The Kenan Fellows Program recently released the inaugural edition of their first scholarly journal, the Journal of Interdisciplinary Teacher Leadership (JoITL). Over the next two days, Education NC will feature excerpts from the journal: Today, an introduction from Dr. Elaine Franklin, director of the Kenan Fellows Program for Teacher Leadership; and tomorrow, “Walking the Walk: An Integrated STEM Project for Elementary Teachers.”
The Journal of Interdisciplinary Teacher Leadership (JoITL) is a peer-reviewed publication of the Kenan Fellows Program for Teacher Leadership featuring original work on educational topics from research to pedagogy to policy and beyond. It is grounded in the belief that education benefits from diversity of thought and the crossing of disciplinary boundaries. With this in mind, JoITL is designed to engage the scholarship of a wide cross-section of education professionals and provide a space for sharing both research and practice. Educators who seek an intellectual community with whom to share work, explore ideas, and advance teaching and learning are encouraged to become part of the JoITL community.
JoITL was founded in response to a group of Teacher Leaders (Kenan Fellowship awardees) who were seeking a new venue for publishing academic work. They envisioned a journal that would hold to high standards, reflect multiple perspectives, and appeal to the kind of educators who choose to lead the profession from the classroom rather than from administrative positions. They also wanted a journal that would be open to multiple types of articles including, but not limited to, literature reviews, research articles, well-constructed essays, and book reviews.
The five articles in this inaugural edition well reflect the vision of diversity and inclusion in which JoITL is grounded. Among the authors are seasoned K-12 teachers, doctoral candidates, and professors from colleges of education, textiles, and engineering. Although no theme was identified in the call for submissions, several arise from the five articles. The most prominent being one of education’s classic dichotomies — the tension between experience and reflection. In the first article, Brian Cartiff argues for more explicit instruction regarding the nature of science (NOS). He notes that inquiry lessons alone are not sufficient to convey the characteristics of scientific knowledge or scientific ways of knowing. He posits that an understanding of the nature of science is better developed when inquiry lessons are coupled with guided reflection. Cartiff asserts that a broader, reflective view of scientific work across time, in the form of the history and philosophy of science, would help learners see science as a creative, collaborative endeavor and reveal the dynamic nature of scientific knowledge.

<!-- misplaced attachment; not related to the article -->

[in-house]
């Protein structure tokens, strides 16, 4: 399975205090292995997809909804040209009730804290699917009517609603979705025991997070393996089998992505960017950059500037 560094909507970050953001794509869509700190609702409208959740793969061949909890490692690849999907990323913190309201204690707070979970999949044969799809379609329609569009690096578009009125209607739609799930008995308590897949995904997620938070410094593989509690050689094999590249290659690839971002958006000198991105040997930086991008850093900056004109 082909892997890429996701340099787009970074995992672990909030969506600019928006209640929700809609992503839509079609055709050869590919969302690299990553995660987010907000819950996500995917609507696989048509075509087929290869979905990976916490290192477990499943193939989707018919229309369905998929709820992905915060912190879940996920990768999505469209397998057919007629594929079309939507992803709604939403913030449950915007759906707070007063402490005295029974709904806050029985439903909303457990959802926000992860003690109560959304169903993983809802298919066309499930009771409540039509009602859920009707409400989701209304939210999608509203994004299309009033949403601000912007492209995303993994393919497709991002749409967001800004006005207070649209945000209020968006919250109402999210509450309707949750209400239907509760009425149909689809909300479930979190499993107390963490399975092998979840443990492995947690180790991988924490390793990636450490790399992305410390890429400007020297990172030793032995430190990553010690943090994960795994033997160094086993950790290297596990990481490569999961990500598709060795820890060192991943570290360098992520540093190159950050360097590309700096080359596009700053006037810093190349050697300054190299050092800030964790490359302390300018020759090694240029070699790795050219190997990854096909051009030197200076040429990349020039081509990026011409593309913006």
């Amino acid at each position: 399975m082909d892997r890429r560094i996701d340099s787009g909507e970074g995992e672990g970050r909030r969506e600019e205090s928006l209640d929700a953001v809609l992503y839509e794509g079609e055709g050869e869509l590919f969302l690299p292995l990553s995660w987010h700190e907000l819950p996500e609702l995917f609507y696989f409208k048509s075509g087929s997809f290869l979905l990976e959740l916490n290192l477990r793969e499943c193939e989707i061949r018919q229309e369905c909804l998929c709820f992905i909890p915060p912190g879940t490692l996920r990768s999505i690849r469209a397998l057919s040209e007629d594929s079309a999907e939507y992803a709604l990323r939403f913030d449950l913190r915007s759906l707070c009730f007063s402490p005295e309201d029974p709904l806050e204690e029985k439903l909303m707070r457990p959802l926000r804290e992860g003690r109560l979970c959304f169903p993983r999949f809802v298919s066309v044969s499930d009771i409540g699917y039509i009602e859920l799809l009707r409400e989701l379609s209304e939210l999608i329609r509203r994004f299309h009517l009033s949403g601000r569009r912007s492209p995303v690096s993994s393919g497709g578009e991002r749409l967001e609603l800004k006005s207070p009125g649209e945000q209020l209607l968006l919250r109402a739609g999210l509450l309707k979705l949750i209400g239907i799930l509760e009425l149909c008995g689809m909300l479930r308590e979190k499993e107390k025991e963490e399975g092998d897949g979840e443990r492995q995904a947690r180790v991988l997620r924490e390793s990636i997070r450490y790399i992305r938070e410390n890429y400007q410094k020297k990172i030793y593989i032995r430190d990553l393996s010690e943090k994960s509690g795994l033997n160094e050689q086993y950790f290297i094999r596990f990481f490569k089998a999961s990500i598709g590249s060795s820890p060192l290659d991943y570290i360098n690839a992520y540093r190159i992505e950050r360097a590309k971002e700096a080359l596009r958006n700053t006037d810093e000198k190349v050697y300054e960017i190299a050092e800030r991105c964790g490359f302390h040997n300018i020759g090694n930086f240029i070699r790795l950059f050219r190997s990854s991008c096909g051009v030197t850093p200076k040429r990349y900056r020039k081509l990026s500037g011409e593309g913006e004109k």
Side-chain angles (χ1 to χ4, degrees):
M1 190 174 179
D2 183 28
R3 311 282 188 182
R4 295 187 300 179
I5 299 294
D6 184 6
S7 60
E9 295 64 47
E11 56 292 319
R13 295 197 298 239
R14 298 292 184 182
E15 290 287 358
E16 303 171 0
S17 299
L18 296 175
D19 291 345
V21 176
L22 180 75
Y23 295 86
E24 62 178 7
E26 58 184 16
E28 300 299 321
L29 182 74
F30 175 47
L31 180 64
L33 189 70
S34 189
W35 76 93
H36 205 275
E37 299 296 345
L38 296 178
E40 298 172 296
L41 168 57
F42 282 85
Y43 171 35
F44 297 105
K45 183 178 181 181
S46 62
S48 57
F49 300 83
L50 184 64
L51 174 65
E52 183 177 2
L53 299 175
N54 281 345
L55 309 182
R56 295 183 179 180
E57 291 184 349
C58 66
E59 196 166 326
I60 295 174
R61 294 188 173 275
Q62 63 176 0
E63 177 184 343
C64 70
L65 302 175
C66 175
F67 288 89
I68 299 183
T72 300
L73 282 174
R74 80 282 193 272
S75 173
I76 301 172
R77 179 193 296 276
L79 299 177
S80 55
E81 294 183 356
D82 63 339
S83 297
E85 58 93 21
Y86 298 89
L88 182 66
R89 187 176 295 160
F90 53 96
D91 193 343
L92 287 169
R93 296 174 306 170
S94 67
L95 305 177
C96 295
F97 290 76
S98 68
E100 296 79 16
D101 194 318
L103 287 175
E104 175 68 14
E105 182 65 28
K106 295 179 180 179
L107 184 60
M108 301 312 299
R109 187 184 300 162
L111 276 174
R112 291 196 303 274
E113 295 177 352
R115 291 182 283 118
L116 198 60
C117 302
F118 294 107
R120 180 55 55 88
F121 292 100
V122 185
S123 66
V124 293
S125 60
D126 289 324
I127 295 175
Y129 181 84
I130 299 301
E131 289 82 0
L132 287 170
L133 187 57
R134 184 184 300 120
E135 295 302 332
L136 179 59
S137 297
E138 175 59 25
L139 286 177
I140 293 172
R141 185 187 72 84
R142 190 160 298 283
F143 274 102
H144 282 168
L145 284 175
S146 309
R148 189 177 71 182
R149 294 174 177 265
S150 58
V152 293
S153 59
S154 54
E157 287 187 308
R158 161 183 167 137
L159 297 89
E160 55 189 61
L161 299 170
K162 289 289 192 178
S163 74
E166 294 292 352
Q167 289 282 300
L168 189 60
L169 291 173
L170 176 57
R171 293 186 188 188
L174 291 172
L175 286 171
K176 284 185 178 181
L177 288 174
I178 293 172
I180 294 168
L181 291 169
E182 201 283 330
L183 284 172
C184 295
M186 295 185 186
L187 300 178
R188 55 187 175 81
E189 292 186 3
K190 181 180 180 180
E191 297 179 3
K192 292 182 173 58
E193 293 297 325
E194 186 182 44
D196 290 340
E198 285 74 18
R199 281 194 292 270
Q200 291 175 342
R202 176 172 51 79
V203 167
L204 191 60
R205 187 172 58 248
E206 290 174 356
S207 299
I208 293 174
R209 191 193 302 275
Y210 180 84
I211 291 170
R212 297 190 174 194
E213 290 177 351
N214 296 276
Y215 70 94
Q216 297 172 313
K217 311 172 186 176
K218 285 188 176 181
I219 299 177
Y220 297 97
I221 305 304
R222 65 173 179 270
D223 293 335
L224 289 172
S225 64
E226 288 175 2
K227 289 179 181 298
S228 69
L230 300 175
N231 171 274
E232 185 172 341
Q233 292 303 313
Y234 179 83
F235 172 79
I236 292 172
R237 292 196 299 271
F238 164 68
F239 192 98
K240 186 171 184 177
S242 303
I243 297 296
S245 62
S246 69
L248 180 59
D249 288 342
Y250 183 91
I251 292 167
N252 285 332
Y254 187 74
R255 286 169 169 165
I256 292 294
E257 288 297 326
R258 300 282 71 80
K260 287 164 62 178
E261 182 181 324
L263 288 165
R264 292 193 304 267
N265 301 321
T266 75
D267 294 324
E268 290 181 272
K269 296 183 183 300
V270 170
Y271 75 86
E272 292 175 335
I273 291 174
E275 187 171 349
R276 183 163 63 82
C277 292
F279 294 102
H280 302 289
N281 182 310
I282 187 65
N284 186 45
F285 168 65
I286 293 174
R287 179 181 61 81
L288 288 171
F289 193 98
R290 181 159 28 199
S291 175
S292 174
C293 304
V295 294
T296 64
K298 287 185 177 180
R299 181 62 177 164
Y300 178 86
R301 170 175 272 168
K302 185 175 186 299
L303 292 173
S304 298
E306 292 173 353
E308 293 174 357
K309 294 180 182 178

In their article, Rebecca Hite, Gail Jones, and Jesse Jur demonstrate the significance of research experiences for teachers. They make the observation that teachers who have not had the opportunity to experience the processes of scientific investigation or engineering design are more likely to believe that science is a passive, codified body of facts. Sarah Carrier, Valerie Faulkner, and Laura Bottomley’s article focuses on the experiences of undergraduate pre-service teachers (PST) as they develop and implement integrated STEM investigations for grades K-2. The PSTs in their study saw a high level of engagement among their young students, but they did not feel that the students made connections between what they were doing and why they were doing it. As observed by the authors, the PSTs were learning the challenge of balancing engagement with conceptual understanding.
While experience and reflection (thought) may not have been the primary focus for these authors, their work well illustrates how important both are to learning. The inadequacy of either experience or thought alone to result in learning has long been acknowledged, but the reality of that understanding is continually made fresh in the act of educating others. As noted by John Dewey in Democracy and Education (1916), learning is about seeing connections and understanding relationships, and relationships cannot be established when experience and thought are disconnected. He believed that understanding born out of thought alone was an impoverished kind of knowing, and that activity separated from thought served to make an act mechanical.
The final two articles in this edition, by Katherine Baker and Cynthia Bullard, are abbreviated literature reviews that explore alternative pedagogies for engaging students and causing them to become both constructors and generators of knowledge. Baker’s thoughts on culturally relevant mathematics pedagogy and Bullard’s on gamification and game-based instruction emphasize the agency of the learner and stress the need for authentic experiences in which students can find relevance and meaning.
It is exciting to see the vision that grew from a small group of Teacher Leaders come into fruition in the form of this first edition of the Journal of Interdisciplinary Teacher Leadership. Our goal is to publish twice yearly (January and July) and provide a space for ideas and discourse from an ever-growing interdisciplinary community of educators.